Quality vs. quantity on Twitter: In defense of a smaller community


After reading Beth Schillaci’s post this morning on the significance of followers, likers and subscribers, I was reminded of a discussion I had last week. I was consulting with a team on setting up a Twitter account for their program, and someone asked me, “How many followers should we aim for?” This is not a unique question — I hear it all the time. As a numbers girl, I LOVE to be able to provide concrete numbers that indicate success, and I wish I could say that “followers” is a solid measure of success, but it’s not. Here’s why.

Let’s break this down a bit. Grab a pen and paper (or a blank document), and answer these questions:

In one sentence, what is the goal of your Twitter account? (e.g., I want to drive more traffic to our application form; I want to generate more interaction between our Dean of Students and the freshman class; I want to react to comments and answer questions from the campus community)

Based on this goal, who is your target audience? (prospective students in their junior and senior year of high school; the class of 2014; undergrads and grad students, faculty, staff and influential neighbors)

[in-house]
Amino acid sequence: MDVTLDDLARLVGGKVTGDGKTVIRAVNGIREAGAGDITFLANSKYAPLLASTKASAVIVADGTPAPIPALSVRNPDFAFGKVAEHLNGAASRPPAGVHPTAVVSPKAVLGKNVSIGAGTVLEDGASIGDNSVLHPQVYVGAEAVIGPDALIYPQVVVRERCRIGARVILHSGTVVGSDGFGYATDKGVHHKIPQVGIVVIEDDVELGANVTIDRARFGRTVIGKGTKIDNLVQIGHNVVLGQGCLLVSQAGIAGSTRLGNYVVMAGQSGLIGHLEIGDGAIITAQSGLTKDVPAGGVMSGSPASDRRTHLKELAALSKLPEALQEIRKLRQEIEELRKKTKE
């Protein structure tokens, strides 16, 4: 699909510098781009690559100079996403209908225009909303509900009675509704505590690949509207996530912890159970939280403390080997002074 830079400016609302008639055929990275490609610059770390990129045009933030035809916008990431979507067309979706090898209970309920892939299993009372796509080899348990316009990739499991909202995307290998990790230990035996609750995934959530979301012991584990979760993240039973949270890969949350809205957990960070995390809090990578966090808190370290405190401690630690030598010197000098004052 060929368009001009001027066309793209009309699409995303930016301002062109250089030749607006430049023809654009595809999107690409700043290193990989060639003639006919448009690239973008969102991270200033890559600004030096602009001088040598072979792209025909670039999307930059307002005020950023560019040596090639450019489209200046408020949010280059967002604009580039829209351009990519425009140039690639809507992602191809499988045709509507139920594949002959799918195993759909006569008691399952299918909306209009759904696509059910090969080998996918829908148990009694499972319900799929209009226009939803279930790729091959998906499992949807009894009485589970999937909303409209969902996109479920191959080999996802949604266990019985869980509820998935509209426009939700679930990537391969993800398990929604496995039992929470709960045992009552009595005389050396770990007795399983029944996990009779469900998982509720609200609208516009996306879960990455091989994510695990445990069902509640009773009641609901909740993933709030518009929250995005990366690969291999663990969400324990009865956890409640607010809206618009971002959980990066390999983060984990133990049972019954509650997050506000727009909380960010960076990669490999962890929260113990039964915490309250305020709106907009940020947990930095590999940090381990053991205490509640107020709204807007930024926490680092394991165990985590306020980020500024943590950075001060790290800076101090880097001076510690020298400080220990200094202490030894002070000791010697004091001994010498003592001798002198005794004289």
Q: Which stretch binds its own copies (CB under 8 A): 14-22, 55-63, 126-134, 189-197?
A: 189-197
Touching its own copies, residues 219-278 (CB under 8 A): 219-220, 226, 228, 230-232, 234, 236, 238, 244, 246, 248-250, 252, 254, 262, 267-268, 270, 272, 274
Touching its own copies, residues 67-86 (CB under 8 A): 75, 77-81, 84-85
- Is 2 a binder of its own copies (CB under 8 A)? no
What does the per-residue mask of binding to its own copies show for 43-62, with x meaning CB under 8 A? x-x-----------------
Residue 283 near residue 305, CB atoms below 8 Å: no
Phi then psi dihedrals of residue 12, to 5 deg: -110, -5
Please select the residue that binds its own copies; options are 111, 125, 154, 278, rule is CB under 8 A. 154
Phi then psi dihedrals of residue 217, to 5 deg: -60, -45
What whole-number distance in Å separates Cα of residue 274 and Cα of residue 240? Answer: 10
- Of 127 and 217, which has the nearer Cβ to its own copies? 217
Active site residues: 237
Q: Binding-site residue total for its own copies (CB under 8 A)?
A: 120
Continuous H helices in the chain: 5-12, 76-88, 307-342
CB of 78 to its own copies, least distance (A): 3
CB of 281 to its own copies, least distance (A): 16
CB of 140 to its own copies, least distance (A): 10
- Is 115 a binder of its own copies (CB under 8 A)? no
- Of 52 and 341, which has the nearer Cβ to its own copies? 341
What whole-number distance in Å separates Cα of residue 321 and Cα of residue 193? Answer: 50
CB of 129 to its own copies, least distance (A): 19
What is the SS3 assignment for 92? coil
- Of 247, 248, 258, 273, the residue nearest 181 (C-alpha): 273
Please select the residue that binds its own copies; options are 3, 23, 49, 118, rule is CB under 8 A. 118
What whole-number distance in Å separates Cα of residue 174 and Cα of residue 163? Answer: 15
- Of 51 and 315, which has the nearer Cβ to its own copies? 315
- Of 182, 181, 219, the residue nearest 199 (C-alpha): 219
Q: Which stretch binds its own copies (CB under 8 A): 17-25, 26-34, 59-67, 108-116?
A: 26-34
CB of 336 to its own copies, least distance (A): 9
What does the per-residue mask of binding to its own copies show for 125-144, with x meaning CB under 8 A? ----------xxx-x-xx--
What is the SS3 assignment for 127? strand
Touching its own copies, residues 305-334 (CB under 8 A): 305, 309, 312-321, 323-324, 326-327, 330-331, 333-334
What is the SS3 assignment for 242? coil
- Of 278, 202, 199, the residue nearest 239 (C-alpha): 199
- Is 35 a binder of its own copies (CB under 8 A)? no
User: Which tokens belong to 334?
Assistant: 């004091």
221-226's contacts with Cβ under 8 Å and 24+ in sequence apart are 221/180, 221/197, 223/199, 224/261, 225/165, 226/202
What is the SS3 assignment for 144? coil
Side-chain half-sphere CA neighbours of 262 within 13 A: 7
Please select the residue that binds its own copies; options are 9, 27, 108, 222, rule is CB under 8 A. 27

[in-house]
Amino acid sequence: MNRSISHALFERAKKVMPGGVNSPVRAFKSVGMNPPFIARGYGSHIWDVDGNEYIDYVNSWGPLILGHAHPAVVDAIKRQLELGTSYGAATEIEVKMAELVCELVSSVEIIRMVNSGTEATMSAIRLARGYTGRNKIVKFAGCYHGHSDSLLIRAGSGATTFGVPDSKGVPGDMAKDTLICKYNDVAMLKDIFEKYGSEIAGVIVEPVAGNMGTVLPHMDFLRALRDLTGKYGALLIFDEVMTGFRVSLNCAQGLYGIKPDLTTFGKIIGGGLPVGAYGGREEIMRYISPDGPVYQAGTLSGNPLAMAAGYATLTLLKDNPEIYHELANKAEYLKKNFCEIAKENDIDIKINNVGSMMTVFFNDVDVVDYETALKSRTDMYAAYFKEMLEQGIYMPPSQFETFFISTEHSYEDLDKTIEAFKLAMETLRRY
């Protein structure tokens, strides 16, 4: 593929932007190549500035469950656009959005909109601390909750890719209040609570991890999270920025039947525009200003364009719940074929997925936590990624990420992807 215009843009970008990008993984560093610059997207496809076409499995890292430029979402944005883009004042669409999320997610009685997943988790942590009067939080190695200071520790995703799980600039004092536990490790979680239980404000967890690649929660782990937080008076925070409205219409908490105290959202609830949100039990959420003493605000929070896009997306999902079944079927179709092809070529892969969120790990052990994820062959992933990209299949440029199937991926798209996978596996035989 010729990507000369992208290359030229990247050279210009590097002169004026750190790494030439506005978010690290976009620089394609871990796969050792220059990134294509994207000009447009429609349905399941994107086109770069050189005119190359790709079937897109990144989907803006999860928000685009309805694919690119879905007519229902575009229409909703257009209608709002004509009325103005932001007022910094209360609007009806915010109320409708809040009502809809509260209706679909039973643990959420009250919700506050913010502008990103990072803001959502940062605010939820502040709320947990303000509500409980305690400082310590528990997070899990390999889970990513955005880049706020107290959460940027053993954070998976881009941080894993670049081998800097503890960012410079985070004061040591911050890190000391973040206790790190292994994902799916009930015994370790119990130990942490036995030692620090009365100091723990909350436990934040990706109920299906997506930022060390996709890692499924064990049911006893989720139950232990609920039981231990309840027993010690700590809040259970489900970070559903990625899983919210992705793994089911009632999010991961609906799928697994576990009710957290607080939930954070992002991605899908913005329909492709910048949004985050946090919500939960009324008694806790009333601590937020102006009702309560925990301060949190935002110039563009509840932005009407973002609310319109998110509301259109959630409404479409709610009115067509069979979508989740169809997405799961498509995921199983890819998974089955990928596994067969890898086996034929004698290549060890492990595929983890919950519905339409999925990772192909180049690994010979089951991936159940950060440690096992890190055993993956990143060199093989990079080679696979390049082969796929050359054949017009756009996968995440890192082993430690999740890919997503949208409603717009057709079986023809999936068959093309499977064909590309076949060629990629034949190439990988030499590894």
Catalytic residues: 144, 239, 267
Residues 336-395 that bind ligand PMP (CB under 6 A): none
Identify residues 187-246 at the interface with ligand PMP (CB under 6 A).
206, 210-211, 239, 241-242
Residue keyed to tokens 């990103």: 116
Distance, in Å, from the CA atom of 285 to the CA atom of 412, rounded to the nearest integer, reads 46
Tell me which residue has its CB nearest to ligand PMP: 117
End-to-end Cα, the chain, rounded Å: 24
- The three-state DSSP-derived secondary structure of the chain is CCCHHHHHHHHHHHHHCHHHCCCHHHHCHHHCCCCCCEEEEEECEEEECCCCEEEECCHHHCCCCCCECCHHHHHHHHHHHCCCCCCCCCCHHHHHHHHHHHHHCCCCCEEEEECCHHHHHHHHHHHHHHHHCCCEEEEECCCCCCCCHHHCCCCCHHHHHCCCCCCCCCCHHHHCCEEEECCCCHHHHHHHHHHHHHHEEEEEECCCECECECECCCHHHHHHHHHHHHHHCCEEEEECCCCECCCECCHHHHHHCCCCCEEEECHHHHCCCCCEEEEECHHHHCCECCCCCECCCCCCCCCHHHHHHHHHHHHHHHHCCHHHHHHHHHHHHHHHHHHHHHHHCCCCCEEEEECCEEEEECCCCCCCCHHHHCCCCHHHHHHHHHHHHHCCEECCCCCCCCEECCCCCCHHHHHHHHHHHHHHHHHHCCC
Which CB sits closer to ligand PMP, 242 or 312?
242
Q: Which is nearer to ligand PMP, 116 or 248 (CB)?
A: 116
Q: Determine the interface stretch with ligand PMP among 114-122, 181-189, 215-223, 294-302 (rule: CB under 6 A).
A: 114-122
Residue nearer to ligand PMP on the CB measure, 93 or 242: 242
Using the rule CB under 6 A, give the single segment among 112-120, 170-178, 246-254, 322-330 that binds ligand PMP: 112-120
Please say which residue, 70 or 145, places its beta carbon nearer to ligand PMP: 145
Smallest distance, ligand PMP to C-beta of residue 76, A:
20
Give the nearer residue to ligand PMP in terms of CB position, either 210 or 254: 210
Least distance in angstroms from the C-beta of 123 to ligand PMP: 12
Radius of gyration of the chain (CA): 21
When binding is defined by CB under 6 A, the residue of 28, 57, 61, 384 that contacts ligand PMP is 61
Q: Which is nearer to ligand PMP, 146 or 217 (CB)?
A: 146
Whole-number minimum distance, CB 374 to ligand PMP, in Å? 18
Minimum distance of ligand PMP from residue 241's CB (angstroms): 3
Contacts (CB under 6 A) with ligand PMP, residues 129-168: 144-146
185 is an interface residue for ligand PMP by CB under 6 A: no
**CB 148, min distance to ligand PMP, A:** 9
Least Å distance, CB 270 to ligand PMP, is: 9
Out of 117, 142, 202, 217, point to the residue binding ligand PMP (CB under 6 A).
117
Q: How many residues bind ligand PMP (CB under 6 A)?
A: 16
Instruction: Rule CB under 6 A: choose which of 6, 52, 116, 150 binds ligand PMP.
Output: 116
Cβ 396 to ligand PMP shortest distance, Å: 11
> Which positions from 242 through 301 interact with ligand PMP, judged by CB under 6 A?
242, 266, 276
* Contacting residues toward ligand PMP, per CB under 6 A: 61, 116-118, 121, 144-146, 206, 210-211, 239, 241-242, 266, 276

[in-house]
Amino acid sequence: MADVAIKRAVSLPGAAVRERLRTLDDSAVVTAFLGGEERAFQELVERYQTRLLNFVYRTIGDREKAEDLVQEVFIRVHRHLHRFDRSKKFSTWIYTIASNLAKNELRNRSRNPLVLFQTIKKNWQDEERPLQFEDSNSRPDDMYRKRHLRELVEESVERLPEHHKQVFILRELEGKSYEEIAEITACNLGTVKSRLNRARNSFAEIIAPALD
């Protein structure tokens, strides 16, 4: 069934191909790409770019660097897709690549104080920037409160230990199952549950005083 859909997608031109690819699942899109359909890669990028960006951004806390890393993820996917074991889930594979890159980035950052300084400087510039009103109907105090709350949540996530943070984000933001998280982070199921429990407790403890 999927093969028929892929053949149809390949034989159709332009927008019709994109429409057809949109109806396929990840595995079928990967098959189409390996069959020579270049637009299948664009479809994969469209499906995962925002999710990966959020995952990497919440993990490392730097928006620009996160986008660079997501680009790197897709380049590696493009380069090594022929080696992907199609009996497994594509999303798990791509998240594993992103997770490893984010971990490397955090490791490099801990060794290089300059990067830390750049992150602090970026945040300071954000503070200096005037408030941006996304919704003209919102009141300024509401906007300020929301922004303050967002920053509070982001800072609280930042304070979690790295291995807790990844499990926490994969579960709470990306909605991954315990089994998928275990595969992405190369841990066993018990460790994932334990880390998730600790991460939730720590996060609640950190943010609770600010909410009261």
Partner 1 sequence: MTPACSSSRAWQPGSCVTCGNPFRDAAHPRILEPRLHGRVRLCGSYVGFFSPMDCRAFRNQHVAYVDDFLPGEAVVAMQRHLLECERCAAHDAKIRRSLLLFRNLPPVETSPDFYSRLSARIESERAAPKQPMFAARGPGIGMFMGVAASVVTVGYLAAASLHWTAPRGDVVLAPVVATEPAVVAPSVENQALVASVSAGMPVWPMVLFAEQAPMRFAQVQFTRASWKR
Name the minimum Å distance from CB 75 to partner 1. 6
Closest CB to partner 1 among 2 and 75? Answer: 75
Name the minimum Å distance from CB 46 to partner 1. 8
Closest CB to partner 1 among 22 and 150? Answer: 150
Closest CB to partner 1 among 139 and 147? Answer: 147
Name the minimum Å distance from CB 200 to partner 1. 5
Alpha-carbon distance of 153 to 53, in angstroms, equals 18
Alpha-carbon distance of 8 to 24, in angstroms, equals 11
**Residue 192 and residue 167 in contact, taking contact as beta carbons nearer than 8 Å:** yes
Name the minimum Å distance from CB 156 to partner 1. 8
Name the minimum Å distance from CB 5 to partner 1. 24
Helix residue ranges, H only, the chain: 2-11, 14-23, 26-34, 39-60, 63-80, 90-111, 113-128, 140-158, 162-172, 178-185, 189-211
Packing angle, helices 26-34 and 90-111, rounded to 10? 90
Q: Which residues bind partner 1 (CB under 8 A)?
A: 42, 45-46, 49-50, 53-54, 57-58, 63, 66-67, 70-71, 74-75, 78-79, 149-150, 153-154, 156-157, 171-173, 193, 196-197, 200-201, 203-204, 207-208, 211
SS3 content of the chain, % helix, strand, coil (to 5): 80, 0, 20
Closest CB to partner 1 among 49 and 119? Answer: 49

What are they most interested in hearing about? (admissions guidelines and SAT test prep; summer jobs for college students; free events around campus and the surrounding city)

Now tape that to your monitor. Be mindful of your end goal at all times. Based on these criteria, you can build a solid, meaningful presence on Twitter. Don’t worry — if you don’t know the immediate answer to question #3, go back to #2 and do your research. Follow 50 (or 20 or 100) people you’ve identified in your target audience and listen to them for a week. Talk with them; retweet what is interesting or relevant to you and your goal.

The number of followers you accumulate is nowhere to be found in these steps. As Beth points out, “I would much rather have 10 people come in my store and buy something than 100 window shoppers”.

If you want me to build your followers to 1,000 by the end of this week, I can certainly tell you how to do that, as can many other websites and “social media gurus” (for a price). Will it give you a more engaged community? Probably not. Will it bring you back to your goal and ultimately help you succeed? Probably not. Your goal should be to find your most rabid, loyal fans and get them excited about what you’re up to.

See also:

(Image courtesy losgofres on Flickr)


Eric Stoller posted on June 2, 2010 at 5:25 pm

This reminds me of a post that I wrote a while back for student affairs practitioners who want to use Twitter. It’s not about followers if you don’t have solid outcomes…

Jenny Mackintosh posted on June 3, 2010 at 2:28 pm

Hi Eric,

Thank you for sharing this post — I agree with you that the outcomes need to be at the forefront of the discussion, with follower counts taking a back seat, if being mentioned at all (with the exception, perhaps, of audience growth over time).

– Jenny

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